The case-crossover design has been widely used since it was proposed in 1991 [1]. The design has been used in various fields including pharmacoepidemiology [2], occupational epidemiology [3], studies on traffic safety [4] and air pollution health effects [5, 6]. In case-crossover studies, individuals who have experienced the outcome (cases) act as their own controls by including one or more periods before the onset of the outcome. The period including the outcome is the case period, while period(s) prior to the case period act as the controls. The number of control periods can be large: for example, in the original article [1], one analysis involved 8766 control periods. The effect of the exposure should be brief; exposure in any period should affect the outcome in that period only, without any ‘carryover effect’ [1, 6, 7]. In addition, in case-crossover studies, the rate of outcome occurrence is usually assumed to be unchanged during exposed or unexposed periods, respectively. However, like other case-only studies, the case-crossover study has an advantage that the effect of time-invariant confounders is automatically controlled because the case period is compared with control period(s) of the same individual [7,8,9]. The case-crossover study also has unique characteristics. For example, the original unidirectional case-crossover study does not include periods after the outcome occurs. Thus, there is no bias due to the outcome influencing future exposures or future observation periods, unlike other case-only studies such as self-controlled case series [10,11,12].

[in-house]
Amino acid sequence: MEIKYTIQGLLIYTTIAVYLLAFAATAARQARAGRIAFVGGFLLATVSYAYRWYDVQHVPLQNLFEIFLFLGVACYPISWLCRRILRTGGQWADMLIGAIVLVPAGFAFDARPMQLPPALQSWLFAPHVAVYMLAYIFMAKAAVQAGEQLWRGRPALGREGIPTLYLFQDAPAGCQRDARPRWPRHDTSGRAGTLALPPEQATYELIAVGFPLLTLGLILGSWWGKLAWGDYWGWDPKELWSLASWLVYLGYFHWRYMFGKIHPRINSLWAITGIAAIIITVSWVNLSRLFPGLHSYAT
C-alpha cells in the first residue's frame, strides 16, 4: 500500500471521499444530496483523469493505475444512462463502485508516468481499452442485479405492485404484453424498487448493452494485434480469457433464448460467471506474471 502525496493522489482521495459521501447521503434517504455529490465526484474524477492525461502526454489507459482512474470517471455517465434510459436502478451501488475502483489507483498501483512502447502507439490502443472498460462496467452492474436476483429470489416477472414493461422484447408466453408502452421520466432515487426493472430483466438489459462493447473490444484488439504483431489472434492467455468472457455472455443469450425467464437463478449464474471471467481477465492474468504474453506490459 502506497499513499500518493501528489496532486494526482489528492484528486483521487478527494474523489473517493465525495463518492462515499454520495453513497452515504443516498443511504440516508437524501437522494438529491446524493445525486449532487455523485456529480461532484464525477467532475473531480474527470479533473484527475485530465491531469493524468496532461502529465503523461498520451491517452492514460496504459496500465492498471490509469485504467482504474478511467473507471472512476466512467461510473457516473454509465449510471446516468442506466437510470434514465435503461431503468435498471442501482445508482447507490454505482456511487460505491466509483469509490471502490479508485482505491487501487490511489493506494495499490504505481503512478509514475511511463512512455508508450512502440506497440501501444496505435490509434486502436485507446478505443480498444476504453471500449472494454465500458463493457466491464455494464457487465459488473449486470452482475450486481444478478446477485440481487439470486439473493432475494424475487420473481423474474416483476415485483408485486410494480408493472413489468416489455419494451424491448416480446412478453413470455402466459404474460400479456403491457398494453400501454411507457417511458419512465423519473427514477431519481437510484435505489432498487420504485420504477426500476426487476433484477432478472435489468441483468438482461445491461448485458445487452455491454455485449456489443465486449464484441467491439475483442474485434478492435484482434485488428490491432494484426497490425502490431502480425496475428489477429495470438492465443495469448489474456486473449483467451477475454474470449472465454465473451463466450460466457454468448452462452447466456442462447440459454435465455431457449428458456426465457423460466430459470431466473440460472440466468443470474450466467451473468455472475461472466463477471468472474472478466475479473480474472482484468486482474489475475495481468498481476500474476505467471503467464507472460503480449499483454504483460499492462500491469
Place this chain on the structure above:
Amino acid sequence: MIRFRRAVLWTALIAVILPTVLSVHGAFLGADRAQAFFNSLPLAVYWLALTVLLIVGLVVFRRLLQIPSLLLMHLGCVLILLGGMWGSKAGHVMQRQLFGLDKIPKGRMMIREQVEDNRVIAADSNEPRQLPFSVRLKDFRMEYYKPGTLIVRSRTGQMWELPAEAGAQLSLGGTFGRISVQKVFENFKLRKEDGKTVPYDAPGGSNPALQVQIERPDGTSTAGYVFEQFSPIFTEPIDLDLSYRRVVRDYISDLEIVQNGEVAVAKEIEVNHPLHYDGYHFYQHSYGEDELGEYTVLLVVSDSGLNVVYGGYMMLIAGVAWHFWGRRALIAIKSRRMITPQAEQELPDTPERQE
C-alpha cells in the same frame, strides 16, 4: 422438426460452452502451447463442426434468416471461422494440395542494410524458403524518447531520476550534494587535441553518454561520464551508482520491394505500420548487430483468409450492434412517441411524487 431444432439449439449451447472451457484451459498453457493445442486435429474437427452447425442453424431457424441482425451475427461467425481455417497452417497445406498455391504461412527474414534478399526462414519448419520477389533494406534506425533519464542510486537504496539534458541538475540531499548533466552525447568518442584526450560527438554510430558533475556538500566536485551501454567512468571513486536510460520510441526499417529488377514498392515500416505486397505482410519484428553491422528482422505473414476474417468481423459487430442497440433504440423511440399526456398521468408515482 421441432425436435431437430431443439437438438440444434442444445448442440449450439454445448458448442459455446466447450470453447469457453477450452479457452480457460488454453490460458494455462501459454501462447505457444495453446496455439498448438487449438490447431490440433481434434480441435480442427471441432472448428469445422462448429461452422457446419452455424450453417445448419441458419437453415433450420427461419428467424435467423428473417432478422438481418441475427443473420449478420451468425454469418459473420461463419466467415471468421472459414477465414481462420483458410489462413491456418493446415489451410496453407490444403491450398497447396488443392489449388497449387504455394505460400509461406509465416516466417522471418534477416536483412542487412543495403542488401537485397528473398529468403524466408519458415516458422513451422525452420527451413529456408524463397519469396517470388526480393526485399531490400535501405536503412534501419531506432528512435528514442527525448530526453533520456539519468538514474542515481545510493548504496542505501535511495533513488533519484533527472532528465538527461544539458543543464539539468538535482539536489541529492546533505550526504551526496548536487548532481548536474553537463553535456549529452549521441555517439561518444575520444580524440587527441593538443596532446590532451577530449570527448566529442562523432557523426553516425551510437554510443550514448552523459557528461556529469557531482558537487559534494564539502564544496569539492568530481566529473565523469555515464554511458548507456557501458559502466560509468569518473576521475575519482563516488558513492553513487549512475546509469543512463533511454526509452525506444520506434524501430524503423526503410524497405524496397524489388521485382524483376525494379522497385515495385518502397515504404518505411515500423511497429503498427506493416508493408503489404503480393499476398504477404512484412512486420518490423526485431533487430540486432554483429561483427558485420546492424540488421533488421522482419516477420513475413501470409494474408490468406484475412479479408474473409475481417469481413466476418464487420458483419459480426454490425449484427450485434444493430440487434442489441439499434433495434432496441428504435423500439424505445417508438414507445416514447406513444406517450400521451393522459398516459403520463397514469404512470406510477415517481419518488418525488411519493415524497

However, case-crossover studies are susceptible to at least two types of major biases. The first is bias due to time trends in the exposure which can be removed using a variant of case-crossover studies, the case-time-control design [9, 13, 14]. The second is bias due to within-subject exposure dependency or autocorrelation in an individual’s exposure history [6, 15, 16]. This bias is particularly important in pharmacoepidemiology because drug use on 1 day is rarely independent from use in the preceding days. However, the potential for this bias has had little attention in the pharmacoepidemiology literature, and standard conditional logistic regression has been used without assessing whether bias due to within-subject exposure dependency exists in many case-crossover studies [17,18,19,20,21]. This may be in part because this bias has been considered rather minor when exposure is stationary [15].

In this paper, we show that within-subject exposure dependency may produce unignorably large bias even if exposure is stationary. We also describe how to remove bias from within-subject exposure dependency, when time trends in the exposure do not exist.

Motivating examples

Our motivation for investigating bias in case-crossover studies due to within-subject exposure dependency was a hypothetical drug treatment with a specific cyclic exposure pattern, where standard conditional logistic regression may produce bias. We also outline real-world pharmacoepidemiological studies in Japan and Australia where our proposed method is used.